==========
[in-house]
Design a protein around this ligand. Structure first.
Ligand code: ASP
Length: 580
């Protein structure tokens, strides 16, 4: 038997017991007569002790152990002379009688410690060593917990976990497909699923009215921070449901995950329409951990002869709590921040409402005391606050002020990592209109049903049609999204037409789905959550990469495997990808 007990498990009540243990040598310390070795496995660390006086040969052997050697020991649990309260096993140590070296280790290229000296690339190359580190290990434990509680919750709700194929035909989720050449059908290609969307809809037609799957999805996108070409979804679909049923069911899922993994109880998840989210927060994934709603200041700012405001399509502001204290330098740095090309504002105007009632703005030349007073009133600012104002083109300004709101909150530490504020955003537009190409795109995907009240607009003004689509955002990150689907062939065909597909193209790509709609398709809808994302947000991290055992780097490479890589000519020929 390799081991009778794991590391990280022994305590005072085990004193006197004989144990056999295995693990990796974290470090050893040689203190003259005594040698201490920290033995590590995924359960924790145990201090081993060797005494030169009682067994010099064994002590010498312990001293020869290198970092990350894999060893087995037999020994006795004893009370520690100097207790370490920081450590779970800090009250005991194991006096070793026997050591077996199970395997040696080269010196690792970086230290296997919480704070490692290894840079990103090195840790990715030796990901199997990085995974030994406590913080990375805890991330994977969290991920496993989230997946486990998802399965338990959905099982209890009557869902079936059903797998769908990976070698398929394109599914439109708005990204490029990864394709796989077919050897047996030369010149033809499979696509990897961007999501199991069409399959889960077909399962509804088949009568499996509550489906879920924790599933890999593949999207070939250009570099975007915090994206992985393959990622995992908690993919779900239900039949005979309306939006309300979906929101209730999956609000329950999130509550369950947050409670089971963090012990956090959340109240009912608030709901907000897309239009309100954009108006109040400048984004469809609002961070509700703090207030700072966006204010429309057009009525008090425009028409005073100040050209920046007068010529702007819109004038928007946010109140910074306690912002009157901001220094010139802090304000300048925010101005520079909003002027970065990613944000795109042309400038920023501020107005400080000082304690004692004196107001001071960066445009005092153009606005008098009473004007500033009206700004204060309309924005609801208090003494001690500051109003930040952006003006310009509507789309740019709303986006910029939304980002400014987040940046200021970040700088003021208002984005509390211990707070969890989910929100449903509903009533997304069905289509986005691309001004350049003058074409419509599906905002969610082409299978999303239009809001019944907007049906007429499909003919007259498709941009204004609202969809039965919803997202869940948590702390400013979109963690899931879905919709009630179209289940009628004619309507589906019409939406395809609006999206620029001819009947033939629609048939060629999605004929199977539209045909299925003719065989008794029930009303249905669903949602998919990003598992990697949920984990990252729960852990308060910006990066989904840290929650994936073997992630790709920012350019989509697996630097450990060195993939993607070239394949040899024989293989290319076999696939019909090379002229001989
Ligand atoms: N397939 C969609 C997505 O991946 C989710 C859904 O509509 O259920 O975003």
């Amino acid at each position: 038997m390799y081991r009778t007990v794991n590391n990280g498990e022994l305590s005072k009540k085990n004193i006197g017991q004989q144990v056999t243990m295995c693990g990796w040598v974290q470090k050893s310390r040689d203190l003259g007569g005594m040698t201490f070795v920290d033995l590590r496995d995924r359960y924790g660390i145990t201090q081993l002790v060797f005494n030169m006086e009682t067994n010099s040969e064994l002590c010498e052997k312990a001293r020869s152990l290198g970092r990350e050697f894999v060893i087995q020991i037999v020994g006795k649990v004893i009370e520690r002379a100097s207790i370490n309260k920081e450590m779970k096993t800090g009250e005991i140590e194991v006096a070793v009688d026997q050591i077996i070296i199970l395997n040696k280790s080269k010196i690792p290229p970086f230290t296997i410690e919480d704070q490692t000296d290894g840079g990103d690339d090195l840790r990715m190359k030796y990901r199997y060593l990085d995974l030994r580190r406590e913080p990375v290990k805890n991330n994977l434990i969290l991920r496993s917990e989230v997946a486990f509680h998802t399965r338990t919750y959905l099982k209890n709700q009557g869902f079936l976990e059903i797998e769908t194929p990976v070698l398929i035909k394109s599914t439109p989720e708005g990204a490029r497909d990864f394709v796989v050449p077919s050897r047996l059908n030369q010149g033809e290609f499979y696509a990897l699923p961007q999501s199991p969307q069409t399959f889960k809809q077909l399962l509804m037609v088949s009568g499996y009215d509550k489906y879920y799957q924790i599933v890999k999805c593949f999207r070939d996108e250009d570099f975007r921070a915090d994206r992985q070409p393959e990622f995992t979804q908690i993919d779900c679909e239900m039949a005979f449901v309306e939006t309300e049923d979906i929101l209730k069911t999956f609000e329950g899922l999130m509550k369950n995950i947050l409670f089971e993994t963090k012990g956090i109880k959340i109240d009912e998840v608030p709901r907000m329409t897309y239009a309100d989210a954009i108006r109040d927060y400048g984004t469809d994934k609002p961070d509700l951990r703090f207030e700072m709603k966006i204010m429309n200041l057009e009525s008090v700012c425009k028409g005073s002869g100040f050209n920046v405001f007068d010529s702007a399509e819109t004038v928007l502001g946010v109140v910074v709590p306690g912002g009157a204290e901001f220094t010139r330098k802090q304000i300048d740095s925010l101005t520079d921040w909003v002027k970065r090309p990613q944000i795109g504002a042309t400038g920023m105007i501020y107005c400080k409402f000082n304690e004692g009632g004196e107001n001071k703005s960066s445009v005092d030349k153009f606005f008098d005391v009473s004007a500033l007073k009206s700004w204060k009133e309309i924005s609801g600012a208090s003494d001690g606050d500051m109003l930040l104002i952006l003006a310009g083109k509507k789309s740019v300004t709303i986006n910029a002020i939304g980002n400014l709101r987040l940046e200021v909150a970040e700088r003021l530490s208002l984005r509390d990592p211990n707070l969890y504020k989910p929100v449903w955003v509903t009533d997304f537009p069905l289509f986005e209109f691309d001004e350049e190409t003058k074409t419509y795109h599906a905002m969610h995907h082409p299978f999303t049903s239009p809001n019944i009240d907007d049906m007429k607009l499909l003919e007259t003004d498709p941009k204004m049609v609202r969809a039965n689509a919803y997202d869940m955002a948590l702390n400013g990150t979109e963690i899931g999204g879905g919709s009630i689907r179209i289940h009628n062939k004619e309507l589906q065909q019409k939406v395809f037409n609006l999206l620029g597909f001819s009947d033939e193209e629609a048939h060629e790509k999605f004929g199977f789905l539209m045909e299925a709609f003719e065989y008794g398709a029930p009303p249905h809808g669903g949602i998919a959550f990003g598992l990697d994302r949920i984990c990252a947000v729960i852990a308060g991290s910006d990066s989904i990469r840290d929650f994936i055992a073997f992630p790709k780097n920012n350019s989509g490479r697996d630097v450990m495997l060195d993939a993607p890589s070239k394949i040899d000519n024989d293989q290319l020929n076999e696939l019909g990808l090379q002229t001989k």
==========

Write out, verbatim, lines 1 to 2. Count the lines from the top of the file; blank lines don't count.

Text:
[in-house]
Design a protein around this ligand. Structure first.